in Anthropology in Action

It has long been acknowledged that the Second World War significantly transformed anthropology and gave rise to applied anthropology as a professional subdiscipline; but, there has been surprisingly little scholarly inquiry into the particulars of this process, during the war or as it gave way to the Cold War. The relative silence, among anthropologists, regarding the contributions of their colleagues to the interests of government during this crucial period, is itself worthy of study. Though it might simply be regarded as a subject whose time has not yet come, whose subject matter has little immediate relevance to the intellectual priorities of our own time, even a tentative excursion into the subject suggests that there are uncomfortable issues just below the surface, issues that reflect ethical and political contradictions that anthropologists must inevitably confront.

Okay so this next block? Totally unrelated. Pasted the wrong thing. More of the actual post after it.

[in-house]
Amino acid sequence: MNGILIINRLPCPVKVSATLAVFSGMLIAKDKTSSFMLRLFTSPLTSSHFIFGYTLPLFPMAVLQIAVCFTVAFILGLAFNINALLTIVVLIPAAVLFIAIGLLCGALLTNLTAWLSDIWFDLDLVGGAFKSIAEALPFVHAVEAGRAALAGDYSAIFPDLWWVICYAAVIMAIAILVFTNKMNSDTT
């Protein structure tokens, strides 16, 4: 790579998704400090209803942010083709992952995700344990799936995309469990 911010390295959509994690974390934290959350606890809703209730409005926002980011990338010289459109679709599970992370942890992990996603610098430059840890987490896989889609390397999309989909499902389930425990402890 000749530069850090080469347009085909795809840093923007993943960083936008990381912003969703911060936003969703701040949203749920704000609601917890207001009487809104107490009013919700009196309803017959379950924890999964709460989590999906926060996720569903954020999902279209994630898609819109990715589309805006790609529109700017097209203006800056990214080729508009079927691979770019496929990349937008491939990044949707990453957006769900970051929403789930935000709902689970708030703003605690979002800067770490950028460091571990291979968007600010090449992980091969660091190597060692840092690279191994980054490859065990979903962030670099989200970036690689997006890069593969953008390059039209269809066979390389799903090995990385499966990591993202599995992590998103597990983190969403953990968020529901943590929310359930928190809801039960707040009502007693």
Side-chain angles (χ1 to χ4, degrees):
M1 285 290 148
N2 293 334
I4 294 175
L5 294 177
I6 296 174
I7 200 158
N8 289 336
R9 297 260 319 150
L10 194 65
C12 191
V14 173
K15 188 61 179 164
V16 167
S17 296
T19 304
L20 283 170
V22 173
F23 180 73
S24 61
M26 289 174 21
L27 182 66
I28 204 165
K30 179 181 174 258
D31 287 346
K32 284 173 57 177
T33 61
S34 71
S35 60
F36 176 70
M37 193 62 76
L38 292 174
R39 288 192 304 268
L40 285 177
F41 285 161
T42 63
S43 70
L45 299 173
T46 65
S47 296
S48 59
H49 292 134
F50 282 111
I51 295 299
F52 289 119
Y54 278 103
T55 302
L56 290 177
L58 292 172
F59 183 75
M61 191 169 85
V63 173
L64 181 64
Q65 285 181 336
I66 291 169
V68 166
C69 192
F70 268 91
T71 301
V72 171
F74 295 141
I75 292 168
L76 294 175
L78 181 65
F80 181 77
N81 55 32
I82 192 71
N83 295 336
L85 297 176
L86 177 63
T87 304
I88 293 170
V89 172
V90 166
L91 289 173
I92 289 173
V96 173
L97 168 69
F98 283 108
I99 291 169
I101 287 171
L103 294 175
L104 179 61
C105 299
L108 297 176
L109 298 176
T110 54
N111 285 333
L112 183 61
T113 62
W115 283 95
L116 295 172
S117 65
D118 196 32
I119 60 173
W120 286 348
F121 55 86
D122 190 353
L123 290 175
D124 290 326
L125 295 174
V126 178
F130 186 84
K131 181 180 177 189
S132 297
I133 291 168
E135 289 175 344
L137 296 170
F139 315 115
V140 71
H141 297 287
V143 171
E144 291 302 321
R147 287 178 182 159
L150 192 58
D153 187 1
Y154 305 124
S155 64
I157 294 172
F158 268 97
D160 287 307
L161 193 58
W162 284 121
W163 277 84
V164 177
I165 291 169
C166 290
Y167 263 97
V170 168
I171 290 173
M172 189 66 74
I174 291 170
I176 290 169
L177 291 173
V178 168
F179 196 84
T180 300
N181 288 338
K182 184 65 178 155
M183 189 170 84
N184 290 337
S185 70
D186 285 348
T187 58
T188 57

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Anthropology in Action

Journal for Applied Anthropology in Policy and Practice


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